South Australia has long been a cultural hub of energy – fluid and shifting over time. The creative industries sector is nominated as one of the state government’s nine priority sectors, and every dollar of direct activity in the state’s creative industries cluster of screen, design, music, festivals, creative writing and publishing, visual and performing arts, and craft is matched indirectly in other industries. With cultural and creative activity contributing more than $110 billion to Australia’s economy over just two years, the sector breathes life into our economy in every sense.
Looking back at the bushfires that ravaged the country and the COVID-19 pandemic sweeping the globe, it’s difficult to imagine creativity past survival.
However, Professor Joanne Cys is confident local creatives are rising to the challenge. Cys is the executive dean of the University of South Australia’s new academic unit, UniSA Creative, which houses its film and television, design, art, architecture and creative industries degrees.
Creative industries were among the first to be hit hard by the COVID-19 crisis, so equally, they have been among the first to find innovative solutions to keep our culture thriving.
“There’s sometimes a misconception that creativity flourishes in contexts of freedom and l don’t think that’s necessarily the case. In design, when there’s a problem to address and there are constraints, there are parameters, there are challenges to work within, that’s when creativity comes to the fore and produces solutions, new ways of doing things, and new approaches,” Cys says.
Cys has long been a respected voice in the South Australian creative sphere. From her background as an interior designer, working through cross-disciplinary industries, Cys returned to university to undertake postgraduate study, which led her down the path of academia.
Although she has remained heavily involved across the creative sector both nationally and internationally, Cys’s roots are here in South Australia. She believes that all people have creative dexterity at their core.
“Even in times of duress, creativity can flourish. Creative thought is actually able to transcend the most restrictive conditions.
While the current situation is not one that we’ve sought, you will see that there are creatives finding, very quickly, new ways of performing their art and sharing things that they create in the public forum,” Cys says.
Dave Court, a multidisciplinary artist and UniSA visual arts graduate, is proof of this. Most recently responsible for the design of the 2020 Adelaide Fringe poster, and having worked across painting, installations, photography, design and murals since completing his degree in 2013, Court has had to quickly adapt to the new environment.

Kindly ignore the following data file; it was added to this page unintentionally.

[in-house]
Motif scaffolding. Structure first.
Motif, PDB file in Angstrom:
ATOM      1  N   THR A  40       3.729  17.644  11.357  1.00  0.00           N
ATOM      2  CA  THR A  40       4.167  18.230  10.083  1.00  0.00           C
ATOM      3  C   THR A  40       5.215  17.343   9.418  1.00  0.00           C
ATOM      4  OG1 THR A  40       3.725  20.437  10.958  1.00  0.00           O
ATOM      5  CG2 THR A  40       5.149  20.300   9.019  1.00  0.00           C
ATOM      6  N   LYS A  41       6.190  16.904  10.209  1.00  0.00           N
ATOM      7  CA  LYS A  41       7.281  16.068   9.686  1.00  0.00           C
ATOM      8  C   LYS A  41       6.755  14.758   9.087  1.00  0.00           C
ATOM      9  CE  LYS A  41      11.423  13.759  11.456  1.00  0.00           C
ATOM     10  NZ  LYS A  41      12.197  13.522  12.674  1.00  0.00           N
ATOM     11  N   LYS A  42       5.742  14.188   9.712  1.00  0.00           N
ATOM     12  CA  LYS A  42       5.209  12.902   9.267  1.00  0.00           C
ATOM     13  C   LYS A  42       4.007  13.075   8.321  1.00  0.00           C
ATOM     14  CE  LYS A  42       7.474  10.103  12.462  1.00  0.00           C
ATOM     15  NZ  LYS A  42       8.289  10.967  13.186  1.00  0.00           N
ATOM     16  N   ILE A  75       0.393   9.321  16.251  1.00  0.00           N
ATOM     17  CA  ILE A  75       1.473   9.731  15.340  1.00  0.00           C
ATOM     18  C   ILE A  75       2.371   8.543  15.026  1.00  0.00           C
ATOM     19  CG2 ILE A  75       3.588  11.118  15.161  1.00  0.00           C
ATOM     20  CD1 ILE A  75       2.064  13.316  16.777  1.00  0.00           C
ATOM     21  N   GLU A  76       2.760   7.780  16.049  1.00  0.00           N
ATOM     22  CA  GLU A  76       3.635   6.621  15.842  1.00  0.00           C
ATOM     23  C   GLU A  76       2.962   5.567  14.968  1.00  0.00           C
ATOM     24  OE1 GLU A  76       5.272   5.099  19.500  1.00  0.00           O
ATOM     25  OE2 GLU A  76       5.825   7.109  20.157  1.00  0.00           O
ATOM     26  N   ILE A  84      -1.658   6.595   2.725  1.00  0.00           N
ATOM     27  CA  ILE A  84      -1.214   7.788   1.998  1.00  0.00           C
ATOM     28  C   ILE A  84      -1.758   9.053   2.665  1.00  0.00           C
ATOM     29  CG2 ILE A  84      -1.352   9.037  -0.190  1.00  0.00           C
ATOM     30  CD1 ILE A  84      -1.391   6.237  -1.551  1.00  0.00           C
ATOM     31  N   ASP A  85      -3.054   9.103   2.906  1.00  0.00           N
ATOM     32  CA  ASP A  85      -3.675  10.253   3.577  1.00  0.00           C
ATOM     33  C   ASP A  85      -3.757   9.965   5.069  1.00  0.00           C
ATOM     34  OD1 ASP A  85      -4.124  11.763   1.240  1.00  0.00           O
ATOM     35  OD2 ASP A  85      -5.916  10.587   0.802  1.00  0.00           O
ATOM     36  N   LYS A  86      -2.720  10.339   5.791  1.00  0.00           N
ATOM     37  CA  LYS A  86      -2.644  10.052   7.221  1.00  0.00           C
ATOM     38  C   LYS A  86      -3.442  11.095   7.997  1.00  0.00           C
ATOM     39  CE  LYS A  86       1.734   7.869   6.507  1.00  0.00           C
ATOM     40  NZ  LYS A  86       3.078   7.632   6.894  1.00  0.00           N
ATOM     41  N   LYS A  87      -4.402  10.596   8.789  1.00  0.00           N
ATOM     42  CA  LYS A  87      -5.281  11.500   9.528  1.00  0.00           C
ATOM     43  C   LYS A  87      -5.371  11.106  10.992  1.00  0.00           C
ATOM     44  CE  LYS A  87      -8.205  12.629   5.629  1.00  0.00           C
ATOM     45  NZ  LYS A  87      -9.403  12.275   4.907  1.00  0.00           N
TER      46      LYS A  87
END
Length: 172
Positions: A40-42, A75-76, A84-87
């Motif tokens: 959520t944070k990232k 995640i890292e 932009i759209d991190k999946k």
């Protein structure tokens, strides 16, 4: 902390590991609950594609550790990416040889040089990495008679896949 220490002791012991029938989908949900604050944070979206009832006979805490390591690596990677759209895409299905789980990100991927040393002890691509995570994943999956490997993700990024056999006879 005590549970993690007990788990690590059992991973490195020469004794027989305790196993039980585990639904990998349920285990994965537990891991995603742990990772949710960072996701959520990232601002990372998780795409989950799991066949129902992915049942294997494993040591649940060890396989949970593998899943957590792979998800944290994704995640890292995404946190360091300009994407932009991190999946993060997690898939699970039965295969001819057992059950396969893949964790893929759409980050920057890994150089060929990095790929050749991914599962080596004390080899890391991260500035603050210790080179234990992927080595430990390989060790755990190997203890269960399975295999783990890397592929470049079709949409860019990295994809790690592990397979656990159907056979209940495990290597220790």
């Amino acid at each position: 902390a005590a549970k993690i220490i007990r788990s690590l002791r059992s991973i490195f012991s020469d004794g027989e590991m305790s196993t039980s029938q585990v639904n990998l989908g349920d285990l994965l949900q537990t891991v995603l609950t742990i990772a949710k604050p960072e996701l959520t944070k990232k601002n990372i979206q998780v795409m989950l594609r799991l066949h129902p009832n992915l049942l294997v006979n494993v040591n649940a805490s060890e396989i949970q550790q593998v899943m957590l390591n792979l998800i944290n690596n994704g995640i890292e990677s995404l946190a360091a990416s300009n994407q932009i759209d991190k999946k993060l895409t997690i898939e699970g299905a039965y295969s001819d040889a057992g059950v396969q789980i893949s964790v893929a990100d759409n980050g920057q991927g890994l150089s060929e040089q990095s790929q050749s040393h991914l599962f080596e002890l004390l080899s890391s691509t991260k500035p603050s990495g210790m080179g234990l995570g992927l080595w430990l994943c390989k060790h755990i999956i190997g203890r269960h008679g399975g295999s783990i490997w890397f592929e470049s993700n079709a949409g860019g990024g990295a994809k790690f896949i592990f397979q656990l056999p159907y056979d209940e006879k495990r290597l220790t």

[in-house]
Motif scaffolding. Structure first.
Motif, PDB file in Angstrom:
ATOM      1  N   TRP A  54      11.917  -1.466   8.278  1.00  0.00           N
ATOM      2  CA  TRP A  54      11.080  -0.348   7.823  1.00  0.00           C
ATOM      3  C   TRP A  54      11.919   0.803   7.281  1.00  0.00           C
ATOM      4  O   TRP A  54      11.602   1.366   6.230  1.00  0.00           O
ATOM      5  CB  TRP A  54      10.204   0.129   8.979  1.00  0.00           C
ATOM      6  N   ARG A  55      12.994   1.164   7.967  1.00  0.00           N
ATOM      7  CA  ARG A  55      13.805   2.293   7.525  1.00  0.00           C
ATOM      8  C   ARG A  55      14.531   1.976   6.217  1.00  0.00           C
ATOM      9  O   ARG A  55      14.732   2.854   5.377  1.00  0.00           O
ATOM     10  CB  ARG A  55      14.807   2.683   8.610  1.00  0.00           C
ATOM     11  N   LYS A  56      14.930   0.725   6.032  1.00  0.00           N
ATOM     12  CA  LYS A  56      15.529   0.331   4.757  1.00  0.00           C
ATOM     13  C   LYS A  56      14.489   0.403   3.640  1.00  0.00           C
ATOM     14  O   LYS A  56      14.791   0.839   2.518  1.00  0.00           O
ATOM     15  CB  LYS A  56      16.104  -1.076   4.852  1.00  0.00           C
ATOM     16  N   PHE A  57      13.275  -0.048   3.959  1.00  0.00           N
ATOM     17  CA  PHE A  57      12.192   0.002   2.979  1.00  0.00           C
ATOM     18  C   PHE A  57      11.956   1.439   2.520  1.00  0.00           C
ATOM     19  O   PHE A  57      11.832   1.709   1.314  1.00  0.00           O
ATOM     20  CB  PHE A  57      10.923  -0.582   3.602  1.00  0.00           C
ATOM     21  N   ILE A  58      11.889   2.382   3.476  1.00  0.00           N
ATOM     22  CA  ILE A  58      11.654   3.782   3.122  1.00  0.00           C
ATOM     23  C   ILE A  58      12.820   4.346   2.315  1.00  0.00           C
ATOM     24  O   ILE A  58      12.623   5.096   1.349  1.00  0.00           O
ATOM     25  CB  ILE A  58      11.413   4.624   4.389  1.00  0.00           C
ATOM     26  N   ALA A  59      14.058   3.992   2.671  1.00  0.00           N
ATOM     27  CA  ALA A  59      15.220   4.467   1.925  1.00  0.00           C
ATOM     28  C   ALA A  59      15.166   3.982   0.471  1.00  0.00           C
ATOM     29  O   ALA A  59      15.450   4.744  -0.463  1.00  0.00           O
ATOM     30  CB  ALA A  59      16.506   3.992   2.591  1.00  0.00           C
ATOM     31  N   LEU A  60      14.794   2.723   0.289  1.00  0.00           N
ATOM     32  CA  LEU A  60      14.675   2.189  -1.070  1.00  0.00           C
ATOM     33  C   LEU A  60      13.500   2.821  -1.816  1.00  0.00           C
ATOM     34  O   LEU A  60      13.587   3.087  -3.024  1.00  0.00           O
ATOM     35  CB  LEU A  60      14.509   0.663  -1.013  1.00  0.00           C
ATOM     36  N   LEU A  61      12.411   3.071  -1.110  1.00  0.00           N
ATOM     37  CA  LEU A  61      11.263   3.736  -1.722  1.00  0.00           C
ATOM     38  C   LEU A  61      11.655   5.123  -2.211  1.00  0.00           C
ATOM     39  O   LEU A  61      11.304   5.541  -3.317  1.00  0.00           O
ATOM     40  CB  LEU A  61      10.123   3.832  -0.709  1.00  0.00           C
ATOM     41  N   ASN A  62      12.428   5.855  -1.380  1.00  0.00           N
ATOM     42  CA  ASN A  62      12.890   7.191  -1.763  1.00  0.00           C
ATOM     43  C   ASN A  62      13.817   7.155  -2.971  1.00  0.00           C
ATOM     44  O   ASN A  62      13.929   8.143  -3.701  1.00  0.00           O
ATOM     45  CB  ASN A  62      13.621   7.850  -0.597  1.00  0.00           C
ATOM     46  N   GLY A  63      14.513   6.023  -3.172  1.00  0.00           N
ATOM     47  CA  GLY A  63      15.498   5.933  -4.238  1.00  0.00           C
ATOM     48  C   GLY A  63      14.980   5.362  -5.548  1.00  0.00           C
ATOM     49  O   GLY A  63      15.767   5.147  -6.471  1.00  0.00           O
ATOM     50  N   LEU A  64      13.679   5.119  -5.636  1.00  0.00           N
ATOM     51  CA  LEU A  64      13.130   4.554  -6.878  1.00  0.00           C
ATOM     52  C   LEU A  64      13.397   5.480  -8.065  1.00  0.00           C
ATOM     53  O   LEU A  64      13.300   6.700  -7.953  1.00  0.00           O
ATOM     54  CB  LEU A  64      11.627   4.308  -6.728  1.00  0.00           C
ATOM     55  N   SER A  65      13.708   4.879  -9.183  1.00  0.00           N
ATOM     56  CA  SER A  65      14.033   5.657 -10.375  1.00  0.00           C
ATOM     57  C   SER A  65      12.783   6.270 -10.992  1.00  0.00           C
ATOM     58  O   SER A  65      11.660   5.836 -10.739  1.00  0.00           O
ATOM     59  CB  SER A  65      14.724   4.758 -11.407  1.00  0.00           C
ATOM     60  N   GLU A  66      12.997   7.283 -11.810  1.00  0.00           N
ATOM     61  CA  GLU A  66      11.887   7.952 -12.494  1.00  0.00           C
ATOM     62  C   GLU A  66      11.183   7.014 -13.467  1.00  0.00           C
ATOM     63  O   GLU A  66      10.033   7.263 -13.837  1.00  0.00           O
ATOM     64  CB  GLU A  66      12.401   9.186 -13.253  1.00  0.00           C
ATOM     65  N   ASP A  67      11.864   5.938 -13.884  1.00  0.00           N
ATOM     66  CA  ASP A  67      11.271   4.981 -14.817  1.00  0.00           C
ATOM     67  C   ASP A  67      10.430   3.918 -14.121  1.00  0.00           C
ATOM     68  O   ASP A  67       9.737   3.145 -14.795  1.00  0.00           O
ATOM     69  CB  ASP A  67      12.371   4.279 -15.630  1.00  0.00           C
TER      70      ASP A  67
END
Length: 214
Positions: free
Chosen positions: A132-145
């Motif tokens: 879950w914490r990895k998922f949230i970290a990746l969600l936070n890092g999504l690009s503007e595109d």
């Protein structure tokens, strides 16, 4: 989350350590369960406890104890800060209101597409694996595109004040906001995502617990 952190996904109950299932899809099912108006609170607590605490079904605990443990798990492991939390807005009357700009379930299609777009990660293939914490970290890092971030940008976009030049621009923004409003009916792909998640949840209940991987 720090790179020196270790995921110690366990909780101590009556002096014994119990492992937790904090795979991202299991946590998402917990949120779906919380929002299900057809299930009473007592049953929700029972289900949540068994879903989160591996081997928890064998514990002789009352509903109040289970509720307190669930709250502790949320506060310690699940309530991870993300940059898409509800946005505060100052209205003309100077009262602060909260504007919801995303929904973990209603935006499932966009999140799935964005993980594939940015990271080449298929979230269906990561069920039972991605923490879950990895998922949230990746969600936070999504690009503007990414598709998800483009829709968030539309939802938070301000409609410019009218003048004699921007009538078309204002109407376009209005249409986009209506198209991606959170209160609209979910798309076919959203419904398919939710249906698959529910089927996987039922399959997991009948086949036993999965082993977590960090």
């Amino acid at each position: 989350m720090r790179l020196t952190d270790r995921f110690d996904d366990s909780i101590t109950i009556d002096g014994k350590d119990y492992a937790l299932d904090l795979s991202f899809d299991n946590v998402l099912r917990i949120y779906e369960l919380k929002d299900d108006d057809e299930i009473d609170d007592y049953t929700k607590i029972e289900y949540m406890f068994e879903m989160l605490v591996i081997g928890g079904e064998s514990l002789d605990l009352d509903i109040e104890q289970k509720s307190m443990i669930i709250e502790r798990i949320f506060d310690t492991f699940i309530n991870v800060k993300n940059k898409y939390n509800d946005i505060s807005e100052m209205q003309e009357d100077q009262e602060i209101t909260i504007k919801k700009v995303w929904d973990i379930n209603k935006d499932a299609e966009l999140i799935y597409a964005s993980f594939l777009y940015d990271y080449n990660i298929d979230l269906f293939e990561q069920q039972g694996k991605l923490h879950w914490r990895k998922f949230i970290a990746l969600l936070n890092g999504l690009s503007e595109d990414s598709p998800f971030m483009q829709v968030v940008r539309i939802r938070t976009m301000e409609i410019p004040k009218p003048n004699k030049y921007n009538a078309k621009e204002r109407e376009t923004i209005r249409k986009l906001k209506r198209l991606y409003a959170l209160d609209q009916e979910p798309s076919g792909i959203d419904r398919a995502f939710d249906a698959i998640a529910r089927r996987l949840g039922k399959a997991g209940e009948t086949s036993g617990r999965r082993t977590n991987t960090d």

“One of the projects I was a part of was the Bait Fridge, and we were scheduled in to start a 10-week artist residency at The Mill the same week restrictions kicked in. We ended up creating things, leading workshops, and directing people to make things in their own homes on Zoom. We had to completely rethink how that was going to work,” Court says.
“It was different to what the workshop would normally have been. We were able to adapt and use the internet as a medium and Zoom as an avenue to create new work that wouldn’t have been possible otherwise.”
It’s with this dexterity and innovative thinking that UniSA has positioned its staff, students and graduates at the forefront of creativity.
One of the university’s key industry collaborators is Rising Sun Pictures. Having had a hand in major motion pictures including the internationally acclaimed Harry Potter, Hunger Games, and Marvel movies, Rising Sun Pictures is a powerhouse of creative talent. Managing director Tony Clark believes the partnership with UniSA is one of the best things Rising Sun Pictures has done as a business.
“Our partnership with UniSA has allowed us to feed new talent into the system, put them in an environment where they’re learning from people who have worked at the highest levels around the world, and increase the density of that talent here in the state,” Clark says.
With the emphasis on industry connections and the sheer breadth of disciplines that fall under UniSA’s creative umbrella, the possibilities are endless.
As a young university that houses architecture, creative writing, cultural studies, performing arts, social media, screen studies, journalism, communication, contemporary art, illustration and animation, digital media, film and TV, interior architecture, product design, and music, UniSA looks for the connections between them all.
But where does creativity start and stop? The commonality that binds these disciplines together is not the industry sectors within which they sit, but their lingua franca of imagination and creative thought.
And, while we feel our way through the dark of the COVID-19-affected world, the light at the end of the tunnel is there and creatives will respond to that.
For the many students, academics, industry partners, and collaborators of UniSA, the combination of innovation with form, style, function and passion nurtures creativity .
“Pre-COVID-19, pre-bushfires, South Australia always had a creative ecosystem. While it develops, expands, and contracts with various opportunities and challenges, it is always there and it’s actually a fundamental part of our community and our identity. It’s our creative and cultural ecosystem that is one of the important foundations of the health of our society,” Cys says.
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